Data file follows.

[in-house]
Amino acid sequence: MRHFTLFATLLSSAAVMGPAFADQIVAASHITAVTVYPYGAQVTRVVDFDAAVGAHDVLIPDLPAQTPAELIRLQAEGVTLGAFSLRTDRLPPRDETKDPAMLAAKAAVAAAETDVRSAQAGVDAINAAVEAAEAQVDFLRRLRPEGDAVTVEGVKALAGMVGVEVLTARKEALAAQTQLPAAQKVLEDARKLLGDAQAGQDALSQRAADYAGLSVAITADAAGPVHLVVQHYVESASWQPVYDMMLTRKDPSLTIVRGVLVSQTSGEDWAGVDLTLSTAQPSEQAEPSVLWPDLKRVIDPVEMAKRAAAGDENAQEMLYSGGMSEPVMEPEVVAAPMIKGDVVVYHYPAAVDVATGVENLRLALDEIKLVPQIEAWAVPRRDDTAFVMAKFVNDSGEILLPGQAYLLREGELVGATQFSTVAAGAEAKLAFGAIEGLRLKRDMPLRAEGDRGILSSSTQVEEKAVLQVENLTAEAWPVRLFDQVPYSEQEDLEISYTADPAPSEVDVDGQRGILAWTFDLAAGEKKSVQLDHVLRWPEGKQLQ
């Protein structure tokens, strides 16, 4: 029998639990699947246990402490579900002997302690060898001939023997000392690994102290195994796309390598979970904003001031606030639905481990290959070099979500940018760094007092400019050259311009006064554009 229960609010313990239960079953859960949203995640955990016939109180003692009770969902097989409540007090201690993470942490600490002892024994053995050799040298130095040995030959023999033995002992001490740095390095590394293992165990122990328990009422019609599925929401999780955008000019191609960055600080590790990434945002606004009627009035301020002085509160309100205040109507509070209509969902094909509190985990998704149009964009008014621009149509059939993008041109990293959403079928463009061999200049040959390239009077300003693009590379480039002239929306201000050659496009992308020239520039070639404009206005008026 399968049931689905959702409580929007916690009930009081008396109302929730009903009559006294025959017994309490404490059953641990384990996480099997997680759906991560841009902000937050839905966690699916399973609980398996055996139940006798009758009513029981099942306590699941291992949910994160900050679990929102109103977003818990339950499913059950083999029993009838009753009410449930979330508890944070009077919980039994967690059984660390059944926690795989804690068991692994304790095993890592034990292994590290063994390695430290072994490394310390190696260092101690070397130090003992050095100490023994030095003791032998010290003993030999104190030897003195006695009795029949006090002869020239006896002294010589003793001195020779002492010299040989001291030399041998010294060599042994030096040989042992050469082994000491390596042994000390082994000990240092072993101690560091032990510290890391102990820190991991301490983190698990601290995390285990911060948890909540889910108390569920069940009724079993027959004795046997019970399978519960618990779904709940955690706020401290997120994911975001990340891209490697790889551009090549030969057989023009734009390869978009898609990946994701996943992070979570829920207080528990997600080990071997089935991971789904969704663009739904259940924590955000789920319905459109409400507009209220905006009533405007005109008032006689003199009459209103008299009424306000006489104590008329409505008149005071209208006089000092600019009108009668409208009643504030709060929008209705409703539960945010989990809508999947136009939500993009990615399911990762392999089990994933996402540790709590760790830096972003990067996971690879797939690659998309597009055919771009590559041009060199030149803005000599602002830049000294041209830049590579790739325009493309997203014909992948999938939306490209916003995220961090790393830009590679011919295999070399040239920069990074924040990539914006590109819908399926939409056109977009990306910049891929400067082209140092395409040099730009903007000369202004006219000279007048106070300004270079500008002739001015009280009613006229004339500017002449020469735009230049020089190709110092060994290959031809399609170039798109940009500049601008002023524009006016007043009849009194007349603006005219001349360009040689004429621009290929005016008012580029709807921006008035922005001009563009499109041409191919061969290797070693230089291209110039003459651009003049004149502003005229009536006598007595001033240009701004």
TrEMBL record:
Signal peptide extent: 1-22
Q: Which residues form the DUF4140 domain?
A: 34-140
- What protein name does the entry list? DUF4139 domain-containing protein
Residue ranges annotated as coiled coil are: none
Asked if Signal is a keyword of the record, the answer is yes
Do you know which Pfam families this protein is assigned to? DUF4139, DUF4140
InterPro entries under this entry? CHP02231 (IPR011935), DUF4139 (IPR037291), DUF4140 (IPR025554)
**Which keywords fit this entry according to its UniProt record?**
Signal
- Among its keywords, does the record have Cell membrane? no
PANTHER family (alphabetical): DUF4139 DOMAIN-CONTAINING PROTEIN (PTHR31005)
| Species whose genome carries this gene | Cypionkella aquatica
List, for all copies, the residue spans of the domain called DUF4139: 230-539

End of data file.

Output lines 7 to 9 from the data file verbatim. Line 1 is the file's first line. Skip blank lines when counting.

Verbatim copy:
A: 34-140
- What protein name does the entry list? DUF4139 domain-containing protein
Residue ranges annotated as coiled coil are: none